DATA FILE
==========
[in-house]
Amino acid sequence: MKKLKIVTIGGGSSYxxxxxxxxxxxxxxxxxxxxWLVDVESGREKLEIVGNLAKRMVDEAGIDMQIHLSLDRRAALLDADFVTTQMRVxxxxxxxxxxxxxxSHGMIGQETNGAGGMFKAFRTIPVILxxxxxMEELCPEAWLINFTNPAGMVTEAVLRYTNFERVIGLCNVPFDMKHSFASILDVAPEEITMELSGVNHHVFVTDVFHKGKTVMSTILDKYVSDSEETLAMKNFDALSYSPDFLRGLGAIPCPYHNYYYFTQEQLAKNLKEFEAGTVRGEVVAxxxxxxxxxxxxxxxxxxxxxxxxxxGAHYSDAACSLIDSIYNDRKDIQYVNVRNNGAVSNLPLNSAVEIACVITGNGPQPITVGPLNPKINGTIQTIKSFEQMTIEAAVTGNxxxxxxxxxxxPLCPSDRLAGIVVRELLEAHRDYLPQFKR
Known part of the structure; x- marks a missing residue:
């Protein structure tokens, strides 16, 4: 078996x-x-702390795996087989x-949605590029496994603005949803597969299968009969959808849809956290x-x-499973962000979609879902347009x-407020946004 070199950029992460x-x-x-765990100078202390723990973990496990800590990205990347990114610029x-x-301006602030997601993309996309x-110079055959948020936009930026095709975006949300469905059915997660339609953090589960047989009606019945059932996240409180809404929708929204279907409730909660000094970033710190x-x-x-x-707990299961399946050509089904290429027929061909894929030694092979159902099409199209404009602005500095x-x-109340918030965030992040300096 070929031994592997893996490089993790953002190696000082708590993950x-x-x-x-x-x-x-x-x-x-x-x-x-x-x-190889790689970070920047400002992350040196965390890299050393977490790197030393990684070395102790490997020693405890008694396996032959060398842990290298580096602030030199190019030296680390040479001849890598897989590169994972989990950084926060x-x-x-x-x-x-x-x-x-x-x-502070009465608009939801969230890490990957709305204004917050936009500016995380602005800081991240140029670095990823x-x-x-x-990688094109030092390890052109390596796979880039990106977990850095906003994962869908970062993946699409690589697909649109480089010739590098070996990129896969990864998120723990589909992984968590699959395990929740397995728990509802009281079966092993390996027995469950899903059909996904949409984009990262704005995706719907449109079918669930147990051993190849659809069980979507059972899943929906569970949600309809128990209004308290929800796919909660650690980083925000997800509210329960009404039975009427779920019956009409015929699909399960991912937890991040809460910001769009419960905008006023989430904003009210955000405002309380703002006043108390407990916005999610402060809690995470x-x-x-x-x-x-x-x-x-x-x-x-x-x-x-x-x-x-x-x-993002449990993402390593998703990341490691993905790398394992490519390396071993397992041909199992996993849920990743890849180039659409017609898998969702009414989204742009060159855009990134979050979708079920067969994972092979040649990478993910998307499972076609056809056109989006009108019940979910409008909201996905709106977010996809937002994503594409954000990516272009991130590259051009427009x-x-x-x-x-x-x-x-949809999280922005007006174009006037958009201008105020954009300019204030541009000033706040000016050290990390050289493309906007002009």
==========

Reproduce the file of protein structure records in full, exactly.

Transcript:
[in-house]
Amino acid sequence: MKKLKIVTIGGGSSYxxxxxxxxxxxxxxxxxxxxWLVDVESGREKLEIVGNLAKRMVDEAGIDMQIHLSLDRRAALLDADFVTTQMRVxxxxxxxxxxxxxxSHGMIGQETNGAGGMFKAFRTIPVILxxxxxMEELCPEAWLINFTNPAGMVTEAVLRYTNFERVIGLCNVPFDMKHSFASILDVAPEEITMELSGVNHHVFVTDVFHKGKTVMSTILDKYVSDSEETLAMKNFDALSYSPDFLRGLGAIPCPYHNYYYFTQEQLAKNLKEFEAGTVRGEVVAxxxxxxxxxxxxxxxxxxxxxxxxxxGAHYSDAACSLIDSIYNDRKDIQYVNVRNNGAVSNLPLNSAVEIACVITGNGPQPITVGPLNPKINGTIQTIKSFEQMTIEAAVTGNxxxxxxxxxxxPLCPSDRLAGIVVRELLEAHRDYLPQFKR
Known part of the structure; x- marks a missing residue:
């Protein structure tokens, strides 16, 4: 078996x-x-702390795996087989x-949605590029496994603005949803597969299968009969959808849809956290x-x-499973962000979609879902347009x-407020946004 070199950029992460x-x-x-765990100078202390723990973990496990800590990205990347990114610029x-x-301006602030997601993309996309x-110079055959948020936009930026095709975006949300469905059915997660339609953090589960047989009606019945059932996240409180809404929708929204279907409730909660000094970033710190x-x-x-x-707990299961399946050509089904290429027929061909894929030694092979159902099409199209404009602005500095x-x-109340918030965030992040300096 070929031994592997893996490089993790953002190696000082708590993950x-x-x-x-x-x-x-x-x-x-x-x-x-x-x-190889790689970070920047400002992350040196965390890299050393977490790197030393990684070395102790490997020693405890008694396996032959060398842990290298580096602030030199190019030296680390040479001849890598897989590169994972989990950084926060x-x-x-x-x-x-x-x-x-x-x-502070009465608009939801969230890490990957709305204004917050936009500016995380602005800081991240140029670095990823x-x-x-x-990688094109030092390890052109390596796979880039990106977990850095906003994962869908970062993946699409690589697909649109480089010739590098070996990129896969990864998120723990589909992984968590699959395990929740397995728990509802009281079966092993390996027995469950899903059909996904949409984009990262704005995706719907449109079918669930147990051993190849659809069980979507059972899943929906569970949600309809128990209004308290929800796919909660650690980083925000997800509210329960009404039975009427779920019956009409015929699909399960991912937890991040809460910001769009419960905008006023989430904003009210955000405002309380703002006043108390407990916005999610402060809690995470x-x-x-x-x-x-x-x-x-x-x-x-x-x-x-x-x-x-x-x-993002449990993402390593998703990341490691993905790398394992490519390396071993397992041909199992996993849920990743890849180039659409017609898998969702009414989204742009060159855009990134979050979708079920067969994972092979040649990478993910998307499972076609056809056109989006009108019940979910409008909201996905709106977010996809937002994503594409954000990516272009991130590259051009427009x-x-x-x-x-x-x-x-949809999280922005007006174009006037958009201008105020954009300019204030541009000033706040000016050290990390050289493309906007002009």